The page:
Global Down-regulation of Gene Expression Induced by Mouse Mammary Tumor Virus (MMTV) in Normal Mammary Epithelial Cells
pubmed: wnt1 2023-09-23
Viruses. 2023 May 2;15(5):1110. doi: 10.3390/v15051110.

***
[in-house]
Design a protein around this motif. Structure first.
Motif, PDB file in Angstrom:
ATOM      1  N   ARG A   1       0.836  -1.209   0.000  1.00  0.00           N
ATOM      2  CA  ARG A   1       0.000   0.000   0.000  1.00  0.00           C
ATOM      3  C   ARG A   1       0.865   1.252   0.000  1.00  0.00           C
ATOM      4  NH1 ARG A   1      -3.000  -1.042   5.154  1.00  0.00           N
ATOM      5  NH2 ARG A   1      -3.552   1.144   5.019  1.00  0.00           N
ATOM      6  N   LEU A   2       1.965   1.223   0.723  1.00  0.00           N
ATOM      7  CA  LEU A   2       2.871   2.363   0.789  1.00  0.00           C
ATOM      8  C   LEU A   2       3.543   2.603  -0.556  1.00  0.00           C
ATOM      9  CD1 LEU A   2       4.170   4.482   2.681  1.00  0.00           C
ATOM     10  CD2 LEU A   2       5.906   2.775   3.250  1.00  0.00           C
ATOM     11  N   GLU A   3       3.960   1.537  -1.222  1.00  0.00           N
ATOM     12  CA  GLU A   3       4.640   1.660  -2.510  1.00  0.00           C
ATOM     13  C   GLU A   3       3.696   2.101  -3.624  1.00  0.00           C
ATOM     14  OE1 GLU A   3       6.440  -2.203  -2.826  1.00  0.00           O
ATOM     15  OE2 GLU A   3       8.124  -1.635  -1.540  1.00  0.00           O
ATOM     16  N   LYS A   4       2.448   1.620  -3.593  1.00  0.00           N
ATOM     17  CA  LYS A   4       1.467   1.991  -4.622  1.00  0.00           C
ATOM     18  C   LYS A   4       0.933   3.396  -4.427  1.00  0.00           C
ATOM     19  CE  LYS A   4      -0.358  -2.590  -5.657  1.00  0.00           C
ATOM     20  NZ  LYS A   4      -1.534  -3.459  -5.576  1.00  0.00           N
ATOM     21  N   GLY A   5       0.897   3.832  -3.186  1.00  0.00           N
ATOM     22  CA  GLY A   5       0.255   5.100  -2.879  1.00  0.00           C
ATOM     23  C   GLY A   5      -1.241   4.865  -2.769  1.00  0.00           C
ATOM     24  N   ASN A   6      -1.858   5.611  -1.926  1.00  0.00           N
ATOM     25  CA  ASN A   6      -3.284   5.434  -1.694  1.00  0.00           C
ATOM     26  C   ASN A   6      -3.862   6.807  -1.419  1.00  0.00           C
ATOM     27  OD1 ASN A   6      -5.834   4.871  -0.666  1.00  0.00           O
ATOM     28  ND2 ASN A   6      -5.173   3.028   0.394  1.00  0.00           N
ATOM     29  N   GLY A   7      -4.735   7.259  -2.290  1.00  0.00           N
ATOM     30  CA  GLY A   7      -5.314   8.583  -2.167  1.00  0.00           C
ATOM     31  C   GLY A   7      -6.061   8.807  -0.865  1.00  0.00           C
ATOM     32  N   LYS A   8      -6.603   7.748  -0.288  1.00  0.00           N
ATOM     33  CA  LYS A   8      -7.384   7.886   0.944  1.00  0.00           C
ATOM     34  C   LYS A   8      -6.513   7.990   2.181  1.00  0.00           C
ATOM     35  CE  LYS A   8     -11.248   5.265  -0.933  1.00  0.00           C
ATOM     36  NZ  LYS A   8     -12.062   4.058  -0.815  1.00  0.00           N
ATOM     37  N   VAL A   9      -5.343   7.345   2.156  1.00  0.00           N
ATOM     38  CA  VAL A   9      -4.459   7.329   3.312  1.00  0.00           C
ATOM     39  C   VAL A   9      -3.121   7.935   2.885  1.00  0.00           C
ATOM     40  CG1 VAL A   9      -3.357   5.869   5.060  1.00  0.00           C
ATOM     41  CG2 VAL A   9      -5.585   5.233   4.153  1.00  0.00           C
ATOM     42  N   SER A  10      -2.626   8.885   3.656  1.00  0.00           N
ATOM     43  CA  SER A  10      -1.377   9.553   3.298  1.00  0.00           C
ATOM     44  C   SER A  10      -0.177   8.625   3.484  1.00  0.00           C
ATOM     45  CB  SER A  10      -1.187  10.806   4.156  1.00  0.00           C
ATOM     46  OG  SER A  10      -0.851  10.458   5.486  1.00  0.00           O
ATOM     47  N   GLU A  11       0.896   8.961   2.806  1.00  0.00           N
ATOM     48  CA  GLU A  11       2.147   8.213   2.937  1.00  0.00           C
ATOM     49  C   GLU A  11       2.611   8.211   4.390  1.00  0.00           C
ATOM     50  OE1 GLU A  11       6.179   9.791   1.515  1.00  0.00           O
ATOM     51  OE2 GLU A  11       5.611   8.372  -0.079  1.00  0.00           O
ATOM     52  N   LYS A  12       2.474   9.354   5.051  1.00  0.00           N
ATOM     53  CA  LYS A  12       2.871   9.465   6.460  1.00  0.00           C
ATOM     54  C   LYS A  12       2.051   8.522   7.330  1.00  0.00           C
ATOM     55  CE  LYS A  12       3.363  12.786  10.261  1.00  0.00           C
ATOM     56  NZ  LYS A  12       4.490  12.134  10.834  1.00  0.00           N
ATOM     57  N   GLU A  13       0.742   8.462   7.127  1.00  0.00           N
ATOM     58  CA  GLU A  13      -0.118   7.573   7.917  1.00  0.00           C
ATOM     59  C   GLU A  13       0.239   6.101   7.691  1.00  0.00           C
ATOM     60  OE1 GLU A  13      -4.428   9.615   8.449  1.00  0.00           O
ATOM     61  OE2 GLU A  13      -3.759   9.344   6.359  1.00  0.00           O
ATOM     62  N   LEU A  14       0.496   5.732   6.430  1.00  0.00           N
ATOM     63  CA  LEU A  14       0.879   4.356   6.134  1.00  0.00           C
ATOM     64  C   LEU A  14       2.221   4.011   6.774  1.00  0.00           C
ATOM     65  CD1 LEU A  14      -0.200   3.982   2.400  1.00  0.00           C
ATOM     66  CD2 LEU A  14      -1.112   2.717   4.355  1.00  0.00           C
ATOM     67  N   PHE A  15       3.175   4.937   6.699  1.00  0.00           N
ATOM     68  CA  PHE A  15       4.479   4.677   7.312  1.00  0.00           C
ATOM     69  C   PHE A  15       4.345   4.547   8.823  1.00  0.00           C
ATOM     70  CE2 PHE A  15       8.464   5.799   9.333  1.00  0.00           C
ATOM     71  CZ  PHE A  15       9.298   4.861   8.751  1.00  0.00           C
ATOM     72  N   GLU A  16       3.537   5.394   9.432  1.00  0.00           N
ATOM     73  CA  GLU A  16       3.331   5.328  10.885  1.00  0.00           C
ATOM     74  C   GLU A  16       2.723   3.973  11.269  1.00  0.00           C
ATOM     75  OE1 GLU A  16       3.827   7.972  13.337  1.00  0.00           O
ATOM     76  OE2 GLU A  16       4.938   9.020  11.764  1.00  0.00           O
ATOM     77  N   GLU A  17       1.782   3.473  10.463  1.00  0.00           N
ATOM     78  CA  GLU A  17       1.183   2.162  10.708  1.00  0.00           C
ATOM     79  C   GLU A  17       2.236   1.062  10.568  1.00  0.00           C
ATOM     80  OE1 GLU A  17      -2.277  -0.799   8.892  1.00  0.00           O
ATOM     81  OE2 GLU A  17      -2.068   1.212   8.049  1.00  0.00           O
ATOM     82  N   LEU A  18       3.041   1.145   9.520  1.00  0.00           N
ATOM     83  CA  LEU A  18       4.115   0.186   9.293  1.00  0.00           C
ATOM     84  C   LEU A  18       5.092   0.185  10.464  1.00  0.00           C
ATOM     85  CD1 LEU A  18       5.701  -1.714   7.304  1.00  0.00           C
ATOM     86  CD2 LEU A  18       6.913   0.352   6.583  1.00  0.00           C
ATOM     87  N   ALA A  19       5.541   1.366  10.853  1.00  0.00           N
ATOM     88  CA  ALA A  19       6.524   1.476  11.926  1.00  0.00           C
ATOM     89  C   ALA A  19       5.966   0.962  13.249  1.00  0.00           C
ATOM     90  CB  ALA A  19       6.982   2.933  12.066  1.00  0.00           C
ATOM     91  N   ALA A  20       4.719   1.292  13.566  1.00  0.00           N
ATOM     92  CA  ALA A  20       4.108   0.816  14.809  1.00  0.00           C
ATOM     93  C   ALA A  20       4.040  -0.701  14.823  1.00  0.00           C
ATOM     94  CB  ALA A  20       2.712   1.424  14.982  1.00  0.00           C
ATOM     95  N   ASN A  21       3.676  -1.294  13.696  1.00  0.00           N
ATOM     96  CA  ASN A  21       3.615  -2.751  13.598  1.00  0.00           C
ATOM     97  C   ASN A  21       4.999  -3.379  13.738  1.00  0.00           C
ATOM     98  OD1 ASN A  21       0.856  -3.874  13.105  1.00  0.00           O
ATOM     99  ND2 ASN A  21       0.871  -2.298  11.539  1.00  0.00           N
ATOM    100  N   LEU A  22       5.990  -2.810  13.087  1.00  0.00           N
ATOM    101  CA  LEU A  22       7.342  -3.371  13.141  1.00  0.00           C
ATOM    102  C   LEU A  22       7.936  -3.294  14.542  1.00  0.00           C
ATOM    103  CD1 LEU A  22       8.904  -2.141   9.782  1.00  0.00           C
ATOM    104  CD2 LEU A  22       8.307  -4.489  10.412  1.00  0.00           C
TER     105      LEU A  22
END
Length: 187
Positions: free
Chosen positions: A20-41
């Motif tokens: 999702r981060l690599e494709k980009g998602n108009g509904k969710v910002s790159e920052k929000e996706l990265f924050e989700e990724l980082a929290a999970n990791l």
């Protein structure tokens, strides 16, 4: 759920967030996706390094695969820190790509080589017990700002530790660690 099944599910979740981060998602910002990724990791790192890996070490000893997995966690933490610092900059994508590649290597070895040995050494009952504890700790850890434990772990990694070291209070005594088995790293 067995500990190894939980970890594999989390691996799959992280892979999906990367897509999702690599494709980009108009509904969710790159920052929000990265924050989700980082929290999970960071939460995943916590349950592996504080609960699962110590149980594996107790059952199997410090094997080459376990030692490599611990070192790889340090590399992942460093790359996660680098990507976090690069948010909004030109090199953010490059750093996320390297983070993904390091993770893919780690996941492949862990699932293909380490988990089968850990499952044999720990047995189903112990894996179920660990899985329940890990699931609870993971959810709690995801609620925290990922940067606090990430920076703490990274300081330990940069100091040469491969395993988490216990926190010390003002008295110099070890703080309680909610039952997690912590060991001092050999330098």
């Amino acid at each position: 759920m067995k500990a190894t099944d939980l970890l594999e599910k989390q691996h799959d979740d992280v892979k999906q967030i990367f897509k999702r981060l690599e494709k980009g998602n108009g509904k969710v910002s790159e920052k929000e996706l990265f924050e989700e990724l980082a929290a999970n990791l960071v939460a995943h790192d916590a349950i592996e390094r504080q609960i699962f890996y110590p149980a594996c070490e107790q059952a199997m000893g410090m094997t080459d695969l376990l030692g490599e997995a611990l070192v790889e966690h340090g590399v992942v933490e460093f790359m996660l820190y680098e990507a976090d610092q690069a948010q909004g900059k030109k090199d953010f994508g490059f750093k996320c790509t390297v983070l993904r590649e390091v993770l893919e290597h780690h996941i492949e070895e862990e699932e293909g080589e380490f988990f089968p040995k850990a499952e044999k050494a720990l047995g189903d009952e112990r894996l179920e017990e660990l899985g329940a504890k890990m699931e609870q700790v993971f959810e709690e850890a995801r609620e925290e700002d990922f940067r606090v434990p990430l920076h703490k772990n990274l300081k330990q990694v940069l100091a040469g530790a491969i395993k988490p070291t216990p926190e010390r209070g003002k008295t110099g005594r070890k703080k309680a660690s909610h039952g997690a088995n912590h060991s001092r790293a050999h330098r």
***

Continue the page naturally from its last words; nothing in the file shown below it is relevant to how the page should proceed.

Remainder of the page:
Mouse mammary tumor virus (MMTV) is a betaretrovirus that causes breast cancer in mice. The mouse mammary epithelial cells are the most permissive cells for MMTV, expressing the highest levels of virus upon infection and being the ones later transformed by the virus due to repeated rounds of infection/superinfection and integration, leading eventually to mammary tumors. The aim of this study was to identify genes and molecular pathways dysregulated by MMTV expression in mammary epithelial cells. Towards this end, mRNAseq was performed on normal mouse mammary epithelial cells stably expressing MMTV, and expression of host genes was analyzed compared with cells in its absence. The identified differentially expressed genes (DEGs) were grouped on the basis of gene ontology and relevant molecular pathways. Bioinformatics analysis identified 12 hub genes, of which 4 were up-regulated (Angp2, Ccl2, Icam, and Myc) and 8 were down-regulated (Acta2, Cd34, Col1a1, Col1a2, Cxcl12, Eln, Igf1, and Itgam) upon MMTV expression. Further screening of these DEGs showed their involvement in many diseases, especially in breast cancer progression when compared with available data. Gene Set Enrichment Analysis (GSEA) identified 31 molecular pathways dysregulated upon MMTV expression, amongst which the PI3-AKT-mTOR was observed to be the central pathway down-regulated by MMTV. Many of the DEGs and 6 of the 12 hub genes identified in this study showed expression profile similar to that observed in the PyMT mouse model of breast cancer, especially during tumor progression. Interestingly, a global down-regulation of gene expression was observed, where nearly 74% of the DEGs in HC11 cells were repressed by MMTV expression, an observation similar to what was observed in the PyMT mouse model during tumor progression, from hyperplasia to adenoma to early and late carcinomas. Comparison of our results with the Wnt1 mouse model revealed further insights into how MMTV expression could lead to activation of the Wnt1 pathway independent of insertional mutagenesis. Thus, the key pathways, DEGs, and hub genes identified in this study can provide important clues to elucidate the molecular mechanisms involved in MMTV replication, escape from cellular anti-viral response, and potential to cause cell transformation. These data also validate the use of the MMTV-infected HC11 cells as an important model to study early transcriptional changes that could lead to mammary cell transformation.